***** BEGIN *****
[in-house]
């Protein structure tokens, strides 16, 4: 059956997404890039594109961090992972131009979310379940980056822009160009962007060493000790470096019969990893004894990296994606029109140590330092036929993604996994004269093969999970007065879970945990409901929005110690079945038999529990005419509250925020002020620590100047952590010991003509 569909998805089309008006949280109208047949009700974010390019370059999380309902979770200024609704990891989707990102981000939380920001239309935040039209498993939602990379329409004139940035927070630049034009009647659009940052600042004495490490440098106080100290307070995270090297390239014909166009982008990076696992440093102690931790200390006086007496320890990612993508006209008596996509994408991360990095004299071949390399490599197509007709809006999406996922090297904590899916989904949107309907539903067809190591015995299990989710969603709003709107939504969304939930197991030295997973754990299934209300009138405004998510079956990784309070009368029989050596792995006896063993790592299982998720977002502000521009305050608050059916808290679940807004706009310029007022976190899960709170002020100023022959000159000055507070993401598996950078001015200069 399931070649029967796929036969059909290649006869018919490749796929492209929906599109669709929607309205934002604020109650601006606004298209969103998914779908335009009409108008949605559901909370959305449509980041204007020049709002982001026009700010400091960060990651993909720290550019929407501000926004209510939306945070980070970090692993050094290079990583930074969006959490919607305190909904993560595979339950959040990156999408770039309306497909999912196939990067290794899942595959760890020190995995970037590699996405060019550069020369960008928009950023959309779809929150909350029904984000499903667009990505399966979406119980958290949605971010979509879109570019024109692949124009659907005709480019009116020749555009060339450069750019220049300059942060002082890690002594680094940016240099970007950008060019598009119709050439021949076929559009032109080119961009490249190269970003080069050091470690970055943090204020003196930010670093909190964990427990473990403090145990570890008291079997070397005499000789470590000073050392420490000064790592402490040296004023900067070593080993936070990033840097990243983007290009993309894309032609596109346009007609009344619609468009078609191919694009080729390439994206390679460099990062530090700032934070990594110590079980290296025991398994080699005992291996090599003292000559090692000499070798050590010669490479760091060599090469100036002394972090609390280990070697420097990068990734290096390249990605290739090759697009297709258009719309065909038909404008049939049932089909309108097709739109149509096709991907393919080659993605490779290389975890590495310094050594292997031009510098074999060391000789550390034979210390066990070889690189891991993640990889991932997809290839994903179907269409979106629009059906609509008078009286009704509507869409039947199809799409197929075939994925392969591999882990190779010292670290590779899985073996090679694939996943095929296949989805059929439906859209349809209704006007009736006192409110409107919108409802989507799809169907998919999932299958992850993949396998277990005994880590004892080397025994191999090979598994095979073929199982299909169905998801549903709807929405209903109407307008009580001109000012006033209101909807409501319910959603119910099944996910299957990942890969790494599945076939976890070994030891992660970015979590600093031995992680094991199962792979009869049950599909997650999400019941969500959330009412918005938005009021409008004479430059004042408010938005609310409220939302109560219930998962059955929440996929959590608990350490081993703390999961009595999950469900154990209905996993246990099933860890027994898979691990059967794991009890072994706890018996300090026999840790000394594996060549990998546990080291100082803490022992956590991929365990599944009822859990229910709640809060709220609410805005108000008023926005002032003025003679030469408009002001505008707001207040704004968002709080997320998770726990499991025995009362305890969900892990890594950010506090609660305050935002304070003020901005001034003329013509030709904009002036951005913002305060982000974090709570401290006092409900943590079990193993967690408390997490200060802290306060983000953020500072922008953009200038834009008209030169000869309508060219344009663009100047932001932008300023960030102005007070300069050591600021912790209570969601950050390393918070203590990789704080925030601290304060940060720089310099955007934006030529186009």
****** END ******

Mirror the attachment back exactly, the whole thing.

[in-house]
């Protein structure tokens, strides 16, 4: 059956997404890039594109961090992972131009979310379940980056822009160009962007060493000790470096019969990893004894990296994606029109140590330092036929993604996994004269093969999970007065879970945990409901929005110690079945038999529990005419509250925020002020620590100047952590010991003509 569909998805089309008006949280109208047949009700974010390019370059999380309902979770200024609704990891989707990102981000939380920001239309935040039209498993939602990379329409004139940035927070630049034009009647659009940052600042004495490490440098106080100290307070995270090297390239014909166009982008990076696992440093102690931790200390006086007496320890990612993508006209008596996509994408991360990095004299071949390399490599197509007709809006999406996922090297904590899916989904949107309907539903067809190591015995299990989710969603709003709107939504969304939930197991030295997973754990299934209300009138405004998510079956990784309070009368029989050596792995006896063993790592299982998720977002502000521009305050608050059916808290679940807004706009310029007022976190899960709170002020100023022959000159000055507070993401598996950078001015200069 399931070649029967796929036969059909290649006869018919490749796929492209929906599109669709929607309205934002604020109650601006606004298209969103998914779908335009009409108008949605559901909370959305449509980041204007020049709002982001026009700010400091960060990651993909720290550019929407501000926004209510939306945070980070970090692993050094290079990583930074969006959490919607305190909904993560595979339950959040990156999408770039309306497909999912196939990067290794899942595959760890020190995995970037590699996405060019550069020369960008928009950023959309779809929150909350029904984000499903667009990505399966979406119980958290949605971010979509879109570019024109692949124009659907005709480019009116020749555009060339450069750019220049300059942060002082890690002594680094940016240099970007950008060019598009119709050439021949076929559009032109080119961009490249190269970003080069050091470690970055943090204020003196930010670093909190964990427990473990403090145990570890008291079997070397005499000789470590000073050392420490000064790592402490040296004023900067070593080993936070990033840097990243983007290009993309894309032609596109346009007609009344619609468009078609191919694009080729390439994206390679460099990062530090700032934070990594110590079980290296025991398994080699005992291996090599003292000559090692000499070798050590010669490479760091060599090469100036002394972090609390280990070697420097990068990734290096390249990605290739090759697009297709258009719309065909038909404008049939049932089909309108097709739109149509096709991907393919080659993605490779290389975890590495310094050594292997031009510098074999060391000789550390034979210390066990070889690189891991993640990889991932997809290839994903179907269409979106629009059906609509008078009286009704509507869409039947199809799409197929075939994925392969591999882990190779010292670290590779899985073996090679694939996943095929296949989805059929439906859209349809209704006007009736006192409110409107919108409802989507799809169907998919999932299958992850993949396998277990005994880590004892080397025994191999090979598994095979073929199982299909169905998801549903709807929405209903109407307008009580001109000012006033209101909807409501319910959603119910099944996910299957990942890969790494599945076939976890070994030891992660970015979590600093031995992680094991199962792979009869049950599909997650999400019941969500959330009412918005938005009021409008004479430059004042408010938005609310409220939302109560219930998962059955929440996929959590608990350490081993703390999961009595999950469900154990209905996993246990099933860890027994898979691990059967794991009890072994706890018996300090026999840790000394594996060549990998546990080291100082803490022992956590991929365990599944009822859990229910709640809060709220609410805005108000008023926005002032003025003679030469408009002001505008707001207040704004968002709080997320998770726990499991025995009362305890969900892990890594950010506090609660305050935002304070003020901005001034003329013509030709904009002036951005913002305060982000974090709570401290006092409900943590079990193993967690408390997490200060802290306060983000953020500072922008953009200038834009008209030169000869309508060219344009663009100047932001932008300023960030102005007070300069050591600021912790209570969601950050390393918070203590990789704080925030601290304060940060720089310099955007934006030529186009």